For our unmonumentATL series, we asked 13 artists to share their personal un-monuments with our readers. From January 13 to 29, we will present one artist’s submission per day. And don’t miss Nick Kahler‘s incisive two-part essay on the subject. UnmonumentATL was conceived by former BURNAWAY editor Rachel Reese.
Edward J. Snowden Park Fernleaf Court, northwest, Atlanta, Georgia, 30318.
Approx: +33° 49′ 10″, -84° 26′ 22″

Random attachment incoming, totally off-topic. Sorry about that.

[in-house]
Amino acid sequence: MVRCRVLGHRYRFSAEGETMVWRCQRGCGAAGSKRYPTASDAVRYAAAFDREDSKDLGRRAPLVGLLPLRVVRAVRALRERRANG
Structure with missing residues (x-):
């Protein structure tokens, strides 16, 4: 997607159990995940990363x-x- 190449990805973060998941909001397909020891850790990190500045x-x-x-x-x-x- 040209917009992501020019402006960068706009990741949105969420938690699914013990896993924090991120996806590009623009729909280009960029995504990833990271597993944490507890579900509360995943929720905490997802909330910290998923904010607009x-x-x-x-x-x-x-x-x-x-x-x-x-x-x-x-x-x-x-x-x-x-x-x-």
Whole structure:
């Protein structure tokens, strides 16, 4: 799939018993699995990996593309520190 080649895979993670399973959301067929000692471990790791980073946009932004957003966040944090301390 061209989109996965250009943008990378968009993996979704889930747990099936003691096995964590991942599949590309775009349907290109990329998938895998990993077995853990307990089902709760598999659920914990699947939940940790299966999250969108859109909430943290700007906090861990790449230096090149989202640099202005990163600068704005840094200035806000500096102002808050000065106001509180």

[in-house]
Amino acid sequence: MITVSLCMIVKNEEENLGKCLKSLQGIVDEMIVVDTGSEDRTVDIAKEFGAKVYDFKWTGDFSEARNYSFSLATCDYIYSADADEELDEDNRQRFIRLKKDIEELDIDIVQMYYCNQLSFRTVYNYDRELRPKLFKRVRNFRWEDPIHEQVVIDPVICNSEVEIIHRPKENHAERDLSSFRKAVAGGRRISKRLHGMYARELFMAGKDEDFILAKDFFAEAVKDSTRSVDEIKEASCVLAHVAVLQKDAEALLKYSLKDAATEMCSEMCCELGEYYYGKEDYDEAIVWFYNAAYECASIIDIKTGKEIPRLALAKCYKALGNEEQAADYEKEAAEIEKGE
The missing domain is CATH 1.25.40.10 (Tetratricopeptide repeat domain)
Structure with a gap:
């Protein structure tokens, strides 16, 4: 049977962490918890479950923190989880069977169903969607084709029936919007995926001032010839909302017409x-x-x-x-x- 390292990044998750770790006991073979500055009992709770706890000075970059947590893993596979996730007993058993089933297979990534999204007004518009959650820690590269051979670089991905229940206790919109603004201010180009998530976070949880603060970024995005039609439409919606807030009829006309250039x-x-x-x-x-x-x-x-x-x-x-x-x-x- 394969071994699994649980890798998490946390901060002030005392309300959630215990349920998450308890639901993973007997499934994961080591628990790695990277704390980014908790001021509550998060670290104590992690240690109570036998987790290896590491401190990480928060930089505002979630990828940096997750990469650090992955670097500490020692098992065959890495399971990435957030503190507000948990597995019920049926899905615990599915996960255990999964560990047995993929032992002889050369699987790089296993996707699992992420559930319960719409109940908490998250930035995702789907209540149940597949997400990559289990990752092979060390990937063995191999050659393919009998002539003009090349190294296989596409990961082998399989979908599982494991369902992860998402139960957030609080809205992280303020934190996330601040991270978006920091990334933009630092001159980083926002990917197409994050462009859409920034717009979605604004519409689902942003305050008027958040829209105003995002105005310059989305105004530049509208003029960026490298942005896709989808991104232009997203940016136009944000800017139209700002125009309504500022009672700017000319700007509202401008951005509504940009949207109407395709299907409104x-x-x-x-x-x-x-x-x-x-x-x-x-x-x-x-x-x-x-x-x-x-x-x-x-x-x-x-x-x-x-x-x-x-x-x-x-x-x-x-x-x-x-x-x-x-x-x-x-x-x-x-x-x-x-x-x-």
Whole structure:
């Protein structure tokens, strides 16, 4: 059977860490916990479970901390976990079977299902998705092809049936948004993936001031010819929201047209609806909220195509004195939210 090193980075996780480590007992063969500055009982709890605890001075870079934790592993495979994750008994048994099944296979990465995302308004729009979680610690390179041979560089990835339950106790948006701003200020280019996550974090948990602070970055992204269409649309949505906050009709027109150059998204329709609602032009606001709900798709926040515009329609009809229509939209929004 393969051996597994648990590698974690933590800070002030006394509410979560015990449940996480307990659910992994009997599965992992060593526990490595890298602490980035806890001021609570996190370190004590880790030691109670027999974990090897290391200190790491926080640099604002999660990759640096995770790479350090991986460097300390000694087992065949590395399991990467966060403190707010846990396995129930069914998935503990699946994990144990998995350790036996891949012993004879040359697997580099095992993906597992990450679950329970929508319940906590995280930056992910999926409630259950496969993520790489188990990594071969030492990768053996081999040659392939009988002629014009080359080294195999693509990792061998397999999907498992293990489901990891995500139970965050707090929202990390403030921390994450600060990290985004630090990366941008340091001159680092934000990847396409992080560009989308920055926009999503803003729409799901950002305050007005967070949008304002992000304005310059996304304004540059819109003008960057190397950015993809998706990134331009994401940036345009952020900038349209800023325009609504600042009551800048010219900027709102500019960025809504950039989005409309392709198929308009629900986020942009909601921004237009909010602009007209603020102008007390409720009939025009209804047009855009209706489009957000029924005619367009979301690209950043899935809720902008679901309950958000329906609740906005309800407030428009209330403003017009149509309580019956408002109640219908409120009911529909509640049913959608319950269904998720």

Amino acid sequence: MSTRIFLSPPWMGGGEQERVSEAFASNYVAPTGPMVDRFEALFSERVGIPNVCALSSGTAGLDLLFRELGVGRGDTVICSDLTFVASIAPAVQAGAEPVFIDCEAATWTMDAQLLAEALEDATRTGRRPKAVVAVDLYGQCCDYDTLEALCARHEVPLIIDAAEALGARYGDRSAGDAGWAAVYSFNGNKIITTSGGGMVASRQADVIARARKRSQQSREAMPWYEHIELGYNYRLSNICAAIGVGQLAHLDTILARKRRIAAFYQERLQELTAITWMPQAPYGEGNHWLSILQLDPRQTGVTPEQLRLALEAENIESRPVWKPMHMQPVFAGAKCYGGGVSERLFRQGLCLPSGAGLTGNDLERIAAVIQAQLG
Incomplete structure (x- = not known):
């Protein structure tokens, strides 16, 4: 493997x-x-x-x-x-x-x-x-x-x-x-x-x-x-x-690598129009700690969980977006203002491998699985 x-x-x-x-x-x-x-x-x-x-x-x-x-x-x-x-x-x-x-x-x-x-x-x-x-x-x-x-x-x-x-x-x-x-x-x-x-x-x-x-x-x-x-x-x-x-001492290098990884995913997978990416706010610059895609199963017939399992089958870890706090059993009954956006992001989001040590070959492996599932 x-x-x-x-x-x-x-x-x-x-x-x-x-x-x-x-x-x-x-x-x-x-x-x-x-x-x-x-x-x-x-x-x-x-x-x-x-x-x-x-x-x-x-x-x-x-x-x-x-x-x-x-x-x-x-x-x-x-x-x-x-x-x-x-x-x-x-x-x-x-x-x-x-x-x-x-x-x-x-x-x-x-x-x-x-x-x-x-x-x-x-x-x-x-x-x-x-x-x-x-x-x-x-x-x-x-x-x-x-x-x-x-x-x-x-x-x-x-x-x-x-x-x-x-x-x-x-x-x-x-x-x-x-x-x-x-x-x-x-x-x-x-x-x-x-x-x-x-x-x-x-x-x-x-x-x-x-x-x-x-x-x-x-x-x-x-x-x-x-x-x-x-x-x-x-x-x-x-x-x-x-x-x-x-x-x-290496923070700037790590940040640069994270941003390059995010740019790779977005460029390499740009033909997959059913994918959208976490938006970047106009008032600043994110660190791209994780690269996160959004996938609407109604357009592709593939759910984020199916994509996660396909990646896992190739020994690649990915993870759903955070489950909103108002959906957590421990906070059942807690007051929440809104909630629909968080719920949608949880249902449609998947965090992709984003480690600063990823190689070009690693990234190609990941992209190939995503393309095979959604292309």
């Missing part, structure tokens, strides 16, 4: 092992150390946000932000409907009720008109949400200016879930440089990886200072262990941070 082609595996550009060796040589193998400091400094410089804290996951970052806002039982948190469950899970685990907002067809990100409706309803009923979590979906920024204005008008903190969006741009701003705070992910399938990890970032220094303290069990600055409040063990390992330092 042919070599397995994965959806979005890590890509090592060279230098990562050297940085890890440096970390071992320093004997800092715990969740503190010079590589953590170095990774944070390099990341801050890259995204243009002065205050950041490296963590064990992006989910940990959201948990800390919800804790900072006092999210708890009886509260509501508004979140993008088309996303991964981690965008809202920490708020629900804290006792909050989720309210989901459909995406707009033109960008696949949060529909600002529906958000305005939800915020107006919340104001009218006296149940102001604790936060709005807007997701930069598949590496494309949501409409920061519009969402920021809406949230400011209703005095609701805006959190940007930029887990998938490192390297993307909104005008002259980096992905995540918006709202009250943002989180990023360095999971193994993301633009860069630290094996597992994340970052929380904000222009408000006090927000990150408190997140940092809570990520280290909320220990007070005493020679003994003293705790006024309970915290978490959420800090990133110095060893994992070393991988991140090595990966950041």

Fernleaf, in northwest Atlanta, is a typical upper-middle-class, mostly white, Buckhead-adjacent neighborhood. The yards are big, but the houses are modest. Crime is seemingly non-existent. A picket fence proudly displays a plaque from the Fernleaf Garden Club for Best Yard. Residents wave to people walking their dogs up Fernleaf Court, a quarter-mile lane with a slight grade that terminates in a cul-de-sac. In the center of that terminus lies a circular plot with grass, crape myrtle trees, and some bushes surrounding a telephone pole. Three mossy slab benches form a semicircle around a loose configuration of flagstones embedded in the grass. It’s really a perfect place to sit and have a conversation during one’s after-dinner walk, to contemplate the dusky color of the sky before the mosquitoes come out. Except … Except for the large security camera mounted to the telephone pole, angling right over the shoulder of anyone who would sit there, nosing in on what might be said. Fernleaf’s bucolic nature is upended by this surveillance. In fact, all assumptions about Fernleaf are off. Are the neighbors really friendly, or are they behind a screen watching my every move? Do the Garden Club’s snipers have me in their crosshairs? Will the APD suddenly appear with dust busters, vacuuming for weed crumbs? I feel like a suspect in a crime that hasn’t happened yet. Regardless of whether this park previously had a name, I now call it the Edward J. Snowden Park, after the persecuted American hero who revealed the surprising scope of our government’s spying on its citizens. A clandestine naming ceremony is in the works—but I’ve said too much ….